Page 3841 - Week 12 - Thursday, 29 October 2015

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There are a number of changes in the pattern. I am not sure whether members feel that this is a concern or not but in February, March, May and August this year we had double sitting weeks and a single week in June which of course is the budget week. What is being proposed now is that we have only two double week periods, in February and August, and that in fact March, April, May and June will all each be a single week. Normally in the past we had a practice where in the fourth month—it was April, then it was July—we would not have a sitting week, which allowed members to travel, allowed ministerial delegations or whatever.

In effect what this pattern means is that there is a sitting week in every month but July until the end of August. I am not sure whether that has been taken into consideration. We had a practice in the past of double weeks. In April this year there was no sitting week. April encompassed the school holidays. April next year will encompass the school holidays. If you wanted to take some leave or undertake overseas travel it gave you a period of about six weeks where you could travel. This reduces that gap to some three weeks on either side. I am not sure whether that is a consideration but it is a departure from the standard practice.

The other thing is that we have sunk into a pattern of having what I have taken to calling “just in time legislation”. Most of the bills we are discussing this sitting week were tabled last week. If you want to have genuine consultation you ask community groups to put their views, which might involve a meeting of their organisation, a board meeting, and some sort of recommendation back. Because of the way the government is handling its business—of course it is shutting down discussion—I just wonder whether this pattern is designed to facilitate that so that we get more “just in time” legislation which of course means the community is more and more excluded from the legislation process.

They are some reflections on the pattern. It has one fewer than we would normally have but that might indicate a government that has run out of an agenda. Secondly, the pattern is different. The pattern affects the way the Assembly works, it affects the way the community is able to interact with the Assembly and it affects the way that we bring legislation on.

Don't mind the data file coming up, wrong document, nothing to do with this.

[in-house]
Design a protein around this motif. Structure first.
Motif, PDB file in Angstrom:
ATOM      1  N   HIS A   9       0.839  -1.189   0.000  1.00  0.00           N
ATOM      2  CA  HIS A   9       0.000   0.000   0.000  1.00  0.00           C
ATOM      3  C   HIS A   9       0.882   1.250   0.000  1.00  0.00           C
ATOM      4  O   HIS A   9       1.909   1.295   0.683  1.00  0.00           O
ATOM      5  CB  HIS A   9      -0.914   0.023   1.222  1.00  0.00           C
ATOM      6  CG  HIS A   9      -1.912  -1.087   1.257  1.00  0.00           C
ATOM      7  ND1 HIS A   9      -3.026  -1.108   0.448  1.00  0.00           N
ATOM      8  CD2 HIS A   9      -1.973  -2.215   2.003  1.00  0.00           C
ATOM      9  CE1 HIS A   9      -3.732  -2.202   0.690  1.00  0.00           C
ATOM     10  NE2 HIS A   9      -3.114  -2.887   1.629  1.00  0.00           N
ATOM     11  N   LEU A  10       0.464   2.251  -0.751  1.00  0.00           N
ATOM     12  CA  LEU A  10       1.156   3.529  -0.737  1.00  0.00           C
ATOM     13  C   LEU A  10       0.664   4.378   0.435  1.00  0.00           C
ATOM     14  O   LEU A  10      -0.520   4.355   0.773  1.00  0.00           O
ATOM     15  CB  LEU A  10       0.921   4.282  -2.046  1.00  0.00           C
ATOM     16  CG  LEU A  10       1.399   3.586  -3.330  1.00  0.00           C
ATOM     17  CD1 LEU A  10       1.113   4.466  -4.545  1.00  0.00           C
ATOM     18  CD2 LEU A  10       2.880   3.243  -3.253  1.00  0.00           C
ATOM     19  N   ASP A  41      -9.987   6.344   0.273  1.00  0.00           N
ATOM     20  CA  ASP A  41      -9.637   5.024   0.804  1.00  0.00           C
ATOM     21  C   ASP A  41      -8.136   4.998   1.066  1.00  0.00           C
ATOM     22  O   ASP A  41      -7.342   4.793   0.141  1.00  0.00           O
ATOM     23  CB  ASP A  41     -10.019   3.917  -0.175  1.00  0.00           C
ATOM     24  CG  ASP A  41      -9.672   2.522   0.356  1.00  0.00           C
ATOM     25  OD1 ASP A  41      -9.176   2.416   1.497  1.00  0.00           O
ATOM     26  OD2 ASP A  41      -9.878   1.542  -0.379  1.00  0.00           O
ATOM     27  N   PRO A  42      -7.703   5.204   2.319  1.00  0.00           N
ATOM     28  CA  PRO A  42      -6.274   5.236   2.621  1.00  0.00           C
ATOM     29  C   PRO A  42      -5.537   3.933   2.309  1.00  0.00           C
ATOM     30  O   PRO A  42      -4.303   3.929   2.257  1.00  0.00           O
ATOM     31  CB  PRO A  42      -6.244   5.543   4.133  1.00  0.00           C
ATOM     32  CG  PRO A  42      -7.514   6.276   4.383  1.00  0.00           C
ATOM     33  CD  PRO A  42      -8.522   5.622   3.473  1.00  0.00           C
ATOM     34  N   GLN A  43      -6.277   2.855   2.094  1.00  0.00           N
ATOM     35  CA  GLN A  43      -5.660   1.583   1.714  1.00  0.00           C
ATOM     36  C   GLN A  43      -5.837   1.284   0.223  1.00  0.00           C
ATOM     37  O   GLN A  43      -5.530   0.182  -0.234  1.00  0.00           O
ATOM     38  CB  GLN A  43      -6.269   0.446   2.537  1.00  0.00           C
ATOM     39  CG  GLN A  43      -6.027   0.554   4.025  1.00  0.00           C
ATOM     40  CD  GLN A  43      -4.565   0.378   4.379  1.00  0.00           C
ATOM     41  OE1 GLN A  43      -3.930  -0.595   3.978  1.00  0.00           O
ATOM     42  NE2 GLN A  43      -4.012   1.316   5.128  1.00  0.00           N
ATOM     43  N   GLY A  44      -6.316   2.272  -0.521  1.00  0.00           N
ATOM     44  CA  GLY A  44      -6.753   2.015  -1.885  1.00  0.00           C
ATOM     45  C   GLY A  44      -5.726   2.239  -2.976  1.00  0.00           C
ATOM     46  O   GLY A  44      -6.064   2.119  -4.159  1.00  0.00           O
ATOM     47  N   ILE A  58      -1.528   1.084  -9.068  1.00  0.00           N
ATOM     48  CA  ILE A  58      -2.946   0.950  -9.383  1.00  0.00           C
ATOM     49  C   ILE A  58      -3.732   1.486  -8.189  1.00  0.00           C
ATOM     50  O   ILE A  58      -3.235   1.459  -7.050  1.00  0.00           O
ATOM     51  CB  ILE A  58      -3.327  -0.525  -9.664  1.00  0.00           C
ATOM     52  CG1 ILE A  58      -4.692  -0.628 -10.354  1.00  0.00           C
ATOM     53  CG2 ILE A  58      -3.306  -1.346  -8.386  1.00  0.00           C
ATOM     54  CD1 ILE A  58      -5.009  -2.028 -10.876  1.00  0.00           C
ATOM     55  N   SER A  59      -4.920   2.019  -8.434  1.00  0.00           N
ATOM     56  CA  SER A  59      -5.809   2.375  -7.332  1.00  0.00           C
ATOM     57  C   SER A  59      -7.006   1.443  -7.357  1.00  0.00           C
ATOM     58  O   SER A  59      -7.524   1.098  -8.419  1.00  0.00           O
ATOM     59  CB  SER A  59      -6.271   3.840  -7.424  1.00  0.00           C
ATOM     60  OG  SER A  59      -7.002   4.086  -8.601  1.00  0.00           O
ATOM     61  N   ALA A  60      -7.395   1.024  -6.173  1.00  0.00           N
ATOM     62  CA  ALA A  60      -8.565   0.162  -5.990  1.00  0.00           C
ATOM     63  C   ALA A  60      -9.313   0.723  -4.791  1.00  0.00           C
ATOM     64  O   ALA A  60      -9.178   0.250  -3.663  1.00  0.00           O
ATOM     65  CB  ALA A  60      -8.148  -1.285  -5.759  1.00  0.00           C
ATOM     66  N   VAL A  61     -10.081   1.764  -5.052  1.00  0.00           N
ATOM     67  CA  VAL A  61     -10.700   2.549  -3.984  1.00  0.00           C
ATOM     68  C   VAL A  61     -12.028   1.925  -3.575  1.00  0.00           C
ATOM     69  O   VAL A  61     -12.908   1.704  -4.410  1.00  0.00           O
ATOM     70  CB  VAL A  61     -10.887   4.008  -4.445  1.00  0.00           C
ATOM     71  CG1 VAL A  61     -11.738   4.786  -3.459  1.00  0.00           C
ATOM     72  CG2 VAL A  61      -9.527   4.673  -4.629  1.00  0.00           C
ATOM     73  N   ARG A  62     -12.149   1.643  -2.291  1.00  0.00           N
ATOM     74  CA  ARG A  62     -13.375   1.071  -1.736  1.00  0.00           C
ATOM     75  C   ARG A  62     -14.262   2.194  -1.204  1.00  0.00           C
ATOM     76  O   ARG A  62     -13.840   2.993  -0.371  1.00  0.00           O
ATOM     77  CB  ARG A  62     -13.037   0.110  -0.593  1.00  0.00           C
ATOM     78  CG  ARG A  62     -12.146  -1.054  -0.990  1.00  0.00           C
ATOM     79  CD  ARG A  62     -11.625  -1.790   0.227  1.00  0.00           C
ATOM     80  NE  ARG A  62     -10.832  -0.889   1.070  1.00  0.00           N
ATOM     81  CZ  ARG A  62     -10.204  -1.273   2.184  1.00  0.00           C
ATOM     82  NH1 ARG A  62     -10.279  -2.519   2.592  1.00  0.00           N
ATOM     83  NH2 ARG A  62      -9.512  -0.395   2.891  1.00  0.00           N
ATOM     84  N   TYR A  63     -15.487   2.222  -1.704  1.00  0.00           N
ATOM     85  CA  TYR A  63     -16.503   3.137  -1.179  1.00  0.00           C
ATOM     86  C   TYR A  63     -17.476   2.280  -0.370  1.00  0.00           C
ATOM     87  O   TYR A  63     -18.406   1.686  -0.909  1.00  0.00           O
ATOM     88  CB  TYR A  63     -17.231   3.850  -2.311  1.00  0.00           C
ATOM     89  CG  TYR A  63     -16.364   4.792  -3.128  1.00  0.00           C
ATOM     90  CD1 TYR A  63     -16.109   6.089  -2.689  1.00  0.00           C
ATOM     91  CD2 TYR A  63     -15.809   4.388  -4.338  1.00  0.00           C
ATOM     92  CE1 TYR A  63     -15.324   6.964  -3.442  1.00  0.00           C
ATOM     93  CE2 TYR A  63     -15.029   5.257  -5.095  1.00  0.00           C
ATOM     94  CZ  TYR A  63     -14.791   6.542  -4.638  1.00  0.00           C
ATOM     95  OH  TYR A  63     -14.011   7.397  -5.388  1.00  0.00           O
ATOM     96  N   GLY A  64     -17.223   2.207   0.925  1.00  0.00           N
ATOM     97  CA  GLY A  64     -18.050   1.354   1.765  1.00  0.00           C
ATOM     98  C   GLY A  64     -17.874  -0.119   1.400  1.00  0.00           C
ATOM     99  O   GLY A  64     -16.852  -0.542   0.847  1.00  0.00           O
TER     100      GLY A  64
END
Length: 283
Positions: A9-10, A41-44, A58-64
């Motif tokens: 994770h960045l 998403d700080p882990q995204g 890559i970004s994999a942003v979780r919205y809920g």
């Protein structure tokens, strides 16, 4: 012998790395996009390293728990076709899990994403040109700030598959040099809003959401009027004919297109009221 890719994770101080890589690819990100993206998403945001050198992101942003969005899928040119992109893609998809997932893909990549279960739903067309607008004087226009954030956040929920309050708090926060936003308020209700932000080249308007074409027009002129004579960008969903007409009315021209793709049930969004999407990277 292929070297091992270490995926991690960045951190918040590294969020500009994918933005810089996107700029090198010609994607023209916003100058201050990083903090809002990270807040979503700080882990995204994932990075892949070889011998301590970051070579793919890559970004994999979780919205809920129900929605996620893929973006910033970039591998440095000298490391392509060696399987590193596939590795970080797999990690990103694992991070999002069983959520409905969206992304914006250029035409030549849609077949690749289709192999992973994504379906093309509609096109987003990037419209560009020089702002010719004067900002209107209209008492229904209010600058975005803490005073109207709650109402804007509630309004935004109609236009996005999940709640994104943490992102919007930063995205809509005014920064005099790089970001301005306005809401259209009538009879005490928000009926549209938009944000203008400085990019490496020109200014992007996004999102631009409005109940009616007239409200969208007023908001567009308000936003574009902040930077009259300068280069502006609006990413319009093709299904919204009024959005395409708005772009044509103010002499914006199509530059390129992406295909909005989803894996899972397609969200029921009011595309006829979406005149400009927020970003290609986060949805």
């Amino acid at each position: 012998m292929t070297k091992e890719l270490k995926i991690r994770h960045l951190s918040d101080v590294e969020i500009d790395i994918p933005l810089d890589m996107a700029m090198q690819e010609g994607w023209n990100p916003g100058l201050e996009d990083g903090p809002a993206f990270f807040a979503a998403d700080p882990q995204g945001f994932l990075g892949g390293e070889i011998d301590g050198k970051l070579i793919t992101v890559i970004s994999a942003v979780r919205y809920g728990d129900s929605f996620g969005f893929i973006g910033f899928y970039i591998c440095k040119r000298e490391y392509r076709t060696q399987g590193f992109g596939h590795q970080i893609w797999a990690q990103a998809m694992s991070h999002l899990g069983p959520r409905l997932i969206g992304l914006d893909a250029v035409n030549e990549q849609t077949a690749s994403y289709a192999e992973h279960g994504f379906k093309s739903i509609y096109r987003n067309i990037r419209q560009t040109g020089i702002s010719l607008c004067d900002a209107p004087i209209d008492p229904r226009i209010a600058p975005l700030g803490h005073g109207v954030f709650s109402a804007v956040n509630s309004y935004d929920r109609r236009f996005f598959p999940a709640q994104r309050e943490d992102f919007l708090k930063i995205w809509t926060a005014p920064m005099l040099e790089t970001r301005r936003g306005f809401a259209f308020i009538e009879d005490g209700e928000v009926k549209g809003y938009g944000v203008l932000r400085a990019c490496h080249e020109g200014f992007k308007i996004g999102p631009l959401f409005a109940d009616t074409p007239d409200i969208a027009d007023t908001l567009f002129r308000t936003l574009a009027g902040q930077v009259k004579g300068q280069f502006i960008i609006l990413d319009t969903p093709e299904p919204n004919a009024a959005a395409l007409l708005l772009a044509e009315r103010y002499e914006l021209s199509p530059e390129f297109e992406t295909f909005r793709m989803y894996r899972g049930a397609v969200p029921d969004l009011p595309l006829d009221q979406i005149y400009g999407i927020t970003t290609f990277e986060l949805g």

Of course what this new pattern means is that we actually have more sitting periods. This year we had five sitting periods before the end of August. Next year we will have six. So we will actually have more sitting periods but we will have fewer sitting weeks. I think there is somewhat of a dilemma there.

These are matters for consideration. If members want to defer debate until later in the day or to the next sitting to discuss we can of course pass this in November if we want. But it is a departure from the way that we operate and it gives me some concern about the way the government brings on its legislation. It allows less and less consultation and then expects people to stand up and debate often complex issues.

The Statute Law Amendment Bill, which was tabled this morning, will amend some 25 to 30 acts, which will take the shadow minister working on it some time to work through. It will in all likelihood come on in the November sitting. If we are going to continue that practice then perhaps we really need to look at the way we deal with the calendar as well.

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